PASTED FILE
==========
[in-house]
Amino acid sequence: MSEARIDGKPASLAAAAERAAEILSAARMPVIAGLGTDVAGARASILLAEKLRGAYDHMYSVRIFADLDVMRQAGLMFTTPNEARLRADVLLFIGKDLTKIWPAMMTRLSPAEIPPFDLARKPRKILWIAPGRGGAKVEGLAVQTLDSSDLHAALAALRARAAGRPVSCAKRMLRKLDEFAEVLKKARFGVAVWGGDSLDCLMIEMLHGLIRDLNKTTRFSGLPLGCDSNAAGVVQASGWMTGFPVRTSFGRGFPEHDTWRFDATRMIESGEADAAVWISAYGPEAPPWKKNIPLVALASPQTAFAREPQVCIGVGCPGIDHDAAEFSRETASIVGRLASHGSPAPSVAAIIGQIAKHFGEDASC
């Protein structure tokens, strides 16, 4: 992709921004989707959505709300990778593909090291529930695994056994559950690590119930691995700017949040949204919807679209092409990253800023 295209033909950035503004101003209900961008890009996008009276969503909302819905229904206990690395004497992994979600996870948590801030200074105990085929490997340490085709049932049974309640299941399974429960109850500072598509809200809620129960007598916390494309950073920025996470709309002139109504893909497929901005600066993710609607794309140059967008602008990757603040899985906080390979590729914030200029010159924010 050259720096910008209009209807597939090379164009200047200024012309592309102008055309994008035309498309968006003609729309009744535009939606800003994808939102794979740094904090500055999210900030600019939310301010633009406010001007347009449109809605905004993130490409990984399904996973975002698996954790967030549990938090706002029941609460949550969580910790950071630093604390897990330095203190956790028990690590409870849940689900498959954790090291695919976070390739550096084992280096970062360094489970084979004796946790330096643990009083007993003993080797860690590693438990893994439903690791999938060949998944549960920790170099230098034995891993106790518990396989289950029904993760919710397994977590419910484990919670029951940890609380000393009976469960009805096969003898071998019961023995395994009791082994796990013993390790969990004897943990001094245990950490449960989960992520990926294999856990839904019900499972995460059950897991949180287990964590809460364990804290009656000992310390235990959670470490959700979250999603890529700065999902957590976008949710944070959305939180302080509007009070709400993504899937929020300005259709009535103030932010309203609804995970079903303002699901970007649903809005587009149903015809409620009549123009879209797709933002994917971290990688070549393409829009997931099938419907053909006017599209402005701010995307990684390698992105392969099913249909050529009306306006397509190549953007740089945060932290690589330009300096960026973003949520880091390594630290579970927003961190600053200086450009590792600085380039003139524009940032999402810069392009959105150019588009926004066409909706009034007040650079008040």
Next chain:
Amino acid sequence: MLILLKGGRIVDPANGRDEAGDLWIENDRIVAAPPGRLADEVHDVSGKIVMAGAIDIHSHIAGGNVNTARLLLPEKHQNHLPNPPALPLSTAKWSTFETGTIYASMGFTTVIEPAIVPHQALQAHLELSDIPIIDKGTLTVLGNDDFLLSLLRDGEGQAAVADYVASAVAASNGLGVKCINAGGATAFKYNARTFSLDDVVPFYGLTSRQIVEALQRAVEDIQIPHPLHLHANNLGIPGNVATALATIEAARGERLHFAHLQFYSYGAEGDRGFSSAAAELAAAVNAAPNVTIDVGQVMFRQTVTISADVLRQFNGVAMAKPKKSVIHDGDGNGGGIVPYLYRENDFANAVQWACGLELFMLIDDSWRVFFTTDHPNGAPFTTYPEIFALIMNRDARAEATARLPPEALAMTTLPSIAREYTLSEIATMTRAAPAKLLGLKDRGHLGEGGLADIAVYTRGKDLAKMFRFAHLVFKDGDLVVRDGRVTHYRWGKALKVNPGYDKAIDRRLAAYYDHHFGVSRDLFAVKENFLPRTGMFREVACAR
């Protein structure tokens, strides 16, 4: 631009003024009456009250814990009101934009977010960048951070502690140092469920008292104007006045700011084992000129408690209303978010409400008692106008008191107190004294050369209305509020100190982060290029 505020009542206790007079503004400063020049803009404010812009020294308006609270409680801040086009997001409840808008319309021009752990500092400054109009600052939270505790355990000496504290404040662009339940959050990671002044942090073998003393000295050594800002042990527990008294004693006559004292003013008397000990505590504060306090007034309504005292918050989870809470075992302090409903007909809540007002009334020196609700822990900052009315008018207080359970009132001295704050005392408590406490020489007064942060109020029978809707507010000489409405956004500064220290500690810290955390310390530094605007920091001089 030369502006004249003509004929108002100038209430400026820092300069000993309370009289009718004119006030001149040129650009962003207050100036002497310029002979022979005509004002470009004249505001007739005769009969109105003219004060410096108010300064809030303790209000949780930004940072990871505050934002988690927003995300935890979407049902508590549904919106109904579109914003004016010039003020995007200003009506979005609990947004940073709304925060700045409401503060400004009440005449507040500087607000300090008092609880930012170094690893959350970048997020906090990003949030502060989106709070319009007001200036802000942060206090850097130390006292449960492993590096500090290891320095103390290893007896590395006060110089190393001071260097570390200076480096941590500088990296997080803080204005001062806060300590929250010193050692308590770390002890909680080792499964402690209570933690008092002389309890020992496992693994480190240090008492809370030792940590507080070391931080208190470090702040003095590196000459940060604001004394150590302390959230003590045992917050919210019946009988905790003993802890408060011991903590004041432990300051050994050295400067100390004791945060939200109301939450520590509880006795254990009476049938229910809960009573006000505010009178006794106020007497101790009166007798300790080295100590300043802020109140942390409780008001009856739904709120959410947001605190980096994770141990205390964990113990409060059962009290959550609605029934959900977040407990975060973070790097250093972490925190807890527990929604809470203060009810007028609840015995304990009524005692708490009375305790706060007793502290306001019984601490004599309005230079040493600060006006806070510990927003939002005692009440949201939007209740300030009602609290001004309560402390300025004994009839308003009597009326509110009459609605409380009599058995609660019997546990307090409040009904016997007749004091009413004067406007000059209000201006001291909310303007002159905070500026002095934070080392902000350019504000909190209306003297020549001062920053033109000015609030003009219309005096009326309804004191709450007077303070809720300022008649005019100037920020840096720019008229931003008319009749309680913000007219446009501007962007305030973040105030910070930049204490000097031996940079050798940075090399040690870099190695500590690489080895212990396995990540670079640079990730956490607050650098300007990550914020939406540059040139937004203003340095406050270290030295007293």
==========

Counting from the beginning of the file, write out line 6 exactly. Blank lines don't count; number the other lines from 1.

């Protein structure tokens, strides 16, 4: 631009003024009456009250814990009101934009977010960048951070502690140092469920008292104007006045700011084992000129408690209303978010409400008692106008008191107190004294050369209305509020100190982060290029 505020009542206790007079503004400063020049803009404010812009020294308006609270409680801040086009997001409840808008319309021009752990500092400054109009600052939270505790355990000496504290404040662009339940959050990671002044942090073998003393000295050594800002042990527990008294004693006559004292003013008397000990505590504060306090007034309504005292918050989870809470075992302090409903007909809540007002009334020196609700822990900052009315008018207080359970009132001295704050005392408590406490020489007064942060109020029978809707507010000489409405956004500064220290500690810290955390310390530094605007920091001089 030369502006004249003509004929108002100038209430400026820092300069000993309370009289009718004119006030001149040129650009962003207050100036002497310029002979022979005509004002470009004249505001007739005769009969109105003219004060410096108010300064809030303790209000949780930004940072990871505050934002988690927003995300935890979407049902508590549904919106109904579109914003004016010039003020995007200003009506979005609990947004940073709304925060700045409401503060400004009440005449507040500087607000300090008092609880930012170094690893959350970048997020906090990003949030502060989106709070319009007001200036802000942060206090850097130390006292449960492993590096500090290891320095103390290893007896590395006060110089190393001071260097570390200076480096941590500088990296997080803080204005001062806060300590929250010193050692308590770390002890909680080792499964402690209570933690008092002389309890020992496992693994480190240090008492809370030792940590507080070391931080208190470090702040003095590196000459940060604001004394150590302390959230003590045992917050919210019946009988905790003993802890408060011991903590004041432990300051050994050295400067100390004791945060939200109301939450520590509880006795254990009476049938229910809960009573006000505010009178006794106020007497101790009166007798300790080295100590300043802020109140942390409780008001009856739904709120959410947001605190980096994770141990205390964990113990409060059962009290959550609605029934959900977040407990975060973070790097250093972490925190807890527990929604809470203060009810007028609840015995304990009524005692708490009375305790706060007793502290306001019984601490004599309005230079040493600060006006806070510990927003939002005692009440949201939007209740300030009602609290001004309560402390300025004994009839308003009597009326509110009459609605409380009599058995609660019997546990307090409040009904016997007749004091009413004067406007000059209000201006001291909310303007002159905070500026002095934070080392902000350019504000909190209306003297020549001062920053033109000015609030003009219309005096009326309804004191709450007077303070809720300022008649005019100037920020840096720019008229931003008319009749309680913000007219446009501007962007305030973040105030910070930049204490000097031996940079050798940075090399040690870099190695500590690489080895212990396995990540670079640079990730956490607050650098300007990550914020939406540059040139937004203003340095406050270290030295007293």